ISRO launches PSLV with Singaporean satellites

by William Graham

The Indian Space Research Organisation used its PSLV rocket to deploy a pair of Singaporean satellites Saturday, in a commercial launch contracted by its subsidiary NewSpace India Limited. The PSLV-CA rocket lifted off at 08:49 UTC (2:19 p.m. local time) from the Satish Dhawan Space Centre.

Saturday’s launch carried the TeLEOS-2 radar-imaging satellite, to be operated in partnership between the government of Singapore and ST Electronics. The smaller Lumelite-4 satellite was also deployed, while seven additional payloads rode attached to PSLV’s upper stage, which will remain in orbit as an experimental platform after completing the deployment of the two satellites.

TeLEOS-2 carries a synthetic aperture radar (SAR) payload, capable of imaging the Earth without being affected by darkness or cloud cover. Constructed by ST Electronics, it is based on the same SS-400 bus as the earlier TeLEOS-1 satellite, which was launched in December 2015, but with the SAR payload installed instead of the electro-optical system aboard the earlier satellite.

The satellite, which has a mass of 741 kilograms, is powered by four solar panels which will be deployed once it is on orbit and will be capable of producing images with a resolution of one meter.

Lumelite-4 is a 12-unit CubeSat that is being carried for the Agency for Science Technology and Research (A*STAR), the National University of Singapore (NUS), and other industrial and government partners. With dimensions of 20 by 20 by 30 centimeters and a mass of 16 kilograms, it will be used for an on-orbit demonstration of a space-based VHF Data Exchange System (VDES) for maritime users.

The benefits of using VDES in this way are seen as improving safety and communications for ships at sea, with the system a potential long-term replacement for the Automated Identification System (AIS) which ships currently use to broadcast position and status information.

After deploying TeLEOS-2 and Lumelite-4, PSLV’s upper stage will remain in orbit to host an array of experiments. Named PSLV Orbital Experimental Module 2 (POEM-2) in this role, the stage is equipped with solar panels and seven non-deployable experiment packages. It is expected to operate in this role for around a month.

POEM-2 carries seven attached payloads for multiple users. The Advanced Retarding Potential Analyser for Ionospheric Studies (ARIS-2) will be used by the Indian Institute of Science and Technology (IIST) to study the density and distribution of ions and electrons in Earth’s ionosphere to help with space weather monitoring. It follows on from the first ARIS, which was carried aboard PSLV C45 in April 2019.

PSLV In-orbital Onboard Computer (OBC) and Thermals, or PiLOT, which is also being flown for IIST, will validate the operation of an onboard computer system and associated software in the flight environment, paving the way for future missions. This is the second PiLOT experiment to be flown using the POEM platform, with another PiLOT experiment having flown aboard POEM-1 in June 2022.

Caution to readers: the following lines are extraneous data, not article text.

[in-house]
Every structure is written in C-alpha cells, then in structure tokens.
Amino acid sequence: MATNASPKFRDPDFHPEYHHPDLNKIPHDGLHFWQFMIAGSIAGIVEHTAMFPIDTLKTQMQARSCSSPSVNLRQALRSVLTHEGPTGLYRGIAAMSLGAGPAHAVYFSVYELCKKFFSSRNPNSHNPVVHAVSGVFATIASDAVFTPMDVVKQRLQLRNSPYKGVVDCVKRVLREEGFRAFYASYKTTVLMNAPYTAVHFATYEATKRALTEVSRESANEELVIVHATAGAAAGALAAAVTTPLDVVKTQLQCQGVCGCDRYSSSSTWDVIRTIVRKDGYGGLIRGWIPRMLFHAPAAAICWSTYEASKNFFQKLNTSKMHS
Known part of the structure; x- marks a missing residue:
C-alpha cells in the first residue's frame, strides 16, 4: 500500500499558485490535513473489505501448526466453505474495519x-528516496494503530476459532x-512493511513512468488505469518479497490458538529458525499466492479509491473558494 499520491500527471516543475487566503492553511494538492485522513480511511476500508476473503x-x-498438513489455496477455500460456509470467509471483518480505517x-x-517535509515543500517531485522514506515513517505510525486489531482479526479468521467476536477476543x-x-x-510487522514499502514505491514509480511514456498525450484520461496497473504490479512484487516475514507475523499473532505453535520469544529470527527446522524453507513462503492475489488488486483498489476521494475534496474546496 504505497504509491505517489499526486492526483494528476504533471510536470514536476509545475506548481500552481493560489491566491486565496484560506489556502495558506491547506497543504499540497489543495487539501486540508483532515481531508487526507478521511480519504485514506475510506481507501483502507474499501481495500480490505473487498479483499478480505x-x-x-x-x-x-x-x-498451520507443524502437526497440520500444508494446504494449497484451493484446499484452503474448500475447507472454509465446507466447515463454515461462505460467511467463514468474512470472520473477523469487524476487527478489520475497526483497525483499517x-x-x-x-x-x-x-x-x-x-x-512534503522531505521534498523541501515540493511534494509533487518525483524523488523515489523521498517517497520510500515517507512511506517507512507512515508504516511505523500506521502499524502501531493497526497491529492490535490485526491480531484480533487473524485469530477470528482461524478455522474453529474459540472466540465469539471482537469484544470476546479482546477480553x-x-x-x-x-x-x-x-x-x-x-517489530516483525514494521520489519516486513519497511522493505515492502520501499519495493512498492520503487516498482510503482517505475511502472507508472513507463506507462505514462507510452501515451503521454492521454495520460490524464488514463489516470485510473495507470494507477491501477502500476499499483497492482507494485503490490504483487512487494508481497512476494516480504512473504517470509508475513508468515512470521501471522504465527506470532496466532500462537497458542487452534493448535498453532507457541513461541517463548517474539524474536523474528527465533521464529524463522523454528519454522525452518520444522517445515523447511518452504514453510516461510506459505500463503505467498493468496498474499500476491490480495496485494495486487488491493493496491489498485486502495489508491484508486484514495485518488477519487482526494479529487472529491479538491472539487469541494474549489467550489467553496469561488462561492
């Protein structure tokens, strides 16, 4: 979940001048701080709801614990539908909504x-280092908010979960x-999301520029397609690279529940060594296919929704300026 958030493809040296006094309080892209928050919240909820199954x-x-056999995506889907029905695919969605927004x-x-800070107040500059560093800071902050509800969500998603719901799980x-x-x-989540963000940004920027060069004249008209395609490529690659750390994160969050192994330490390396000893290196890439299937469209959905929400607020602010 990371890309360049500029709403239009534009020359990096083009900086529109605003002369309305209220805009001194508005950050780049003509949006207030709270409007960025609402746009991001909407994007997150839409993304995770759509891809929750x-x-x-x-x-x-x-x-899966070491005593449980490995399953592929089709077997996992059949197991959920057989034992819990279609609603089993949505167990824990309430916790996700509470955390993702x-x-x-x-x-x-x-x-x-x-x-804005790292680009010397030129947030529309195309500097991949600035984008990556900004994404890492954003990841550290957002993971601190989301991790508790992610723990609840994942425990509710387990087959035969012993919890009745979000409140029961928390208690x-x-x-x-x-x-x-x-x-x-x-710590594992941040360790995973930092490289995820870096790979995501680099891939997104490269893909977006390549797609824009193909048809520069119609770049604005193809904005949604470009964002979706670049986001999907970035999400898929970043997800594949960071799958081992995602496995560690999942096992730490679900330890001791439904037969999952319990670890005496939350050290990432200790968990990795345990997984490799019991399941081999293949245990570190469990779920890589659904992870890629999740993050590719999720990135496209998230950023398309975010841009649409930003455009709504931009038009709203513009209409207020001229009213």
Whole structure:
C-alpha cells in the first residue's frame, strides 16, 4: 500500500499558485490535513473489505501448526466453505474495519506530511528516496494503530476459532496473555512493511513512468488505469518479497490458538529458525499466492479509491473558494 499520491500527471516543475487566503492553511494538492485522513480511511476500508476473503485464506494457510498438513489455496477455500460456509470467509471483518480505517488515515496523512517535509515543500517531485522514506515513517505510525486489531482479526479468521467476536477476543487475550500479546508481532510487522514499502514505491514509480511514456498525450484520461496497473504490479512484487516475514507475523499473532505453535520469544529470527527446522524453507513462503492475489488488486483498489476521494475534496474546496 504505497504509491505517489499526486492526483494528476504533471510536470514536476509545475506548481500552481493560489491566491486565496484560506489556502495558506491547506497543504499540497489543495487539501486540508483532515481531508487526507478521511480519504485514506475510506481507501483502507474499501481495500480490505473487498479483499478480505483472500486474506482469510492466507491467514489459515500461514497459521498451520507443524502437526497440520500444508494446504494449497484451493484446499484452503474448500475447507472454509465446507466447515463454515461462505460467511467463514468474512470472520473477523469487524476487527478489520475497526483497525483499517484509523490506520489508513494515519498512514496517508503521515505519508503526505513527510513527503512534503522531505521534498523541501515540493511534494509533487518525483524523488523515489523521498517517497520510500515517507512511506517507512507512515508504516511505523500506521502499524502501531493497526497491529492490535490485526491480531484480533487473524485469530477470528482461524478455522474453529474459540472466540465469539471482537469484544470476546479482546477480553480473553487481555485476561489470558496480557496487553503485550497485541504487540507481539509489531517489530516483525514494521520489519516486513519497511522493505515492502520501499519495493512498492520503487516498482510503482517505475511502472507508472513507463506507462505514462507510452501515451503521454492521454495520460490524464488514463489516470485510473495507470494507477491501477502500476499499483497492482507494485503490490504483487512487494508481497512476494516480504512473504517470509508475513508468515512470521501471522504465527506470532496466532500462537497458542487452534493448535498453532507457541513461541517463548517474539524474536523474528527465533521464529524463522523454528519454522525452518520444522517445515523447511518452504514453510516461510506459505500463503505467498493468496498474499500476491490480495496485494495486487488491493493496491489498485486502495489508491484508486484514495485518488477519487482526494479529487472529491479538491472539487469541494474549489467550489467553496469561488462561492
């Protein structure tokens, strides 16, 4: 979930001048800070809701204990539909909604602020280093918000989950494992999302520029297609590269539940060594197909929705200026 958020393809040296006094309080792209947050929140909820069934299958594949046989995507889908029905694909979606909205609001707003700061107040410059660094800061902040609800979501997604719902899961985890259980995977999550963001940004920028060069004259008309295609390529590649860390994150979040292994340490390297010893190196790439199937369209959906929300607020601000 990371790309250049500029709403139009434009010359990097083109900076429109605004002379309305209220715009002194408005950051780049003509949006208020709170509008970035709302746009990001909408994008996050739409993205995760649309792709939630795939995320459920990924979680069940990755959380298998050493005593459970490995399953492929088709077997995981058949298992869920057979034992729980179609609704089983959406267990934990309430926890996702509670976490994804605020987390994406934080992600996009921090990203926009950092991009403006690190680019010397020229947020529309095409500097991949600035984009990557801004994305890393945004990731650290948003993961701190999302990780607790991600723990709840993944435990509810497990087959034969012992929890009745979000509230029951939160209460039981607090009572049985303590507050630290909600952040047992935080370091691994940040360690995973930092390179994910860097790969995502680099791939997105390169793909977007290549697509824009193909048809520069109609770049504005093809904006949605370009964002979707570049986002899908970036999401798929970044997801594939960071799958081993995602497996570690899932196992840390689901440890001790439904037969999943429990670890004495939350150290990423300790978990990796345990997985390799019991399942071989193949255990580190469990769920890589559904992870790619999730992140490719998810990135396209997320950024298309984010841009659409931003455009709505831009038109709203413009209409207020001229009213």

An ARKA200 electric propulsion system is being carried for on-orbit testing on behalf of its developer, Bellatrix Aerospace. Three payloads for Dhruva Space will test out its Dhruva Satellite Orbital Deployer (DSOD) 3U and 6U CubeSat deployment mechanisms and the DOSL-Transceiver communications system.

TeLEOS-2 during integration with PSLV (Credit: ISRO)

POEM-2’s final payload, Starberry-Sense, is being flown for the Indian Institute of Astrophysics (IAP). This will test a low-cost star tracker that has been developed for future small satellite missions. The Starberry-Sense payload uses off-the-shelf components and is based around a Raspberry Pi Zero miniature computer, with attached camera and lens assemblies.

The PSLV, or Polar Satellite Launch Vehicle, is a four-stage rocket built and operated by the Indian Space Research Organisation (ISRO). Introduced in September 1993, it has made 56 flights prior to the TeLEOS-2 mission, with 53 of these completed successfully, two failing and one resulting in a partial failure with an off-nominal orbit attained. Saturday’s launch, designated PSLV C55, will aim to continue the rocket’s current run of 15 consecutive successful missions.

Depending on mission requirements – particularly payload mass and target orbit – PSLV can fly in several different configurations, varying the number of boosters attached to the first stage to adjust performance to mission requirements. The PSLV-CA, DL, QL, and XL configurations have zero, two, four, and six boosters respectively. The PSLV-G configuration, the original version of the rocket which has not flown since 2016, used six boosters of a smaller type than the other variants.

For Saturday’s mission, PSLV C55 flew in the CA, or “Core Alone” configuration, with no additional boosters. It launched from the First Launch Pad (FLP) at the Satish Dhawan Space Centre (SDSC), formerly known as the Sriharikota High Altitude Range, on Sriharikota island in the Bay of Bengal. SDSC is India’s primary launch site and has been the venue for all of the country’s orbital launches.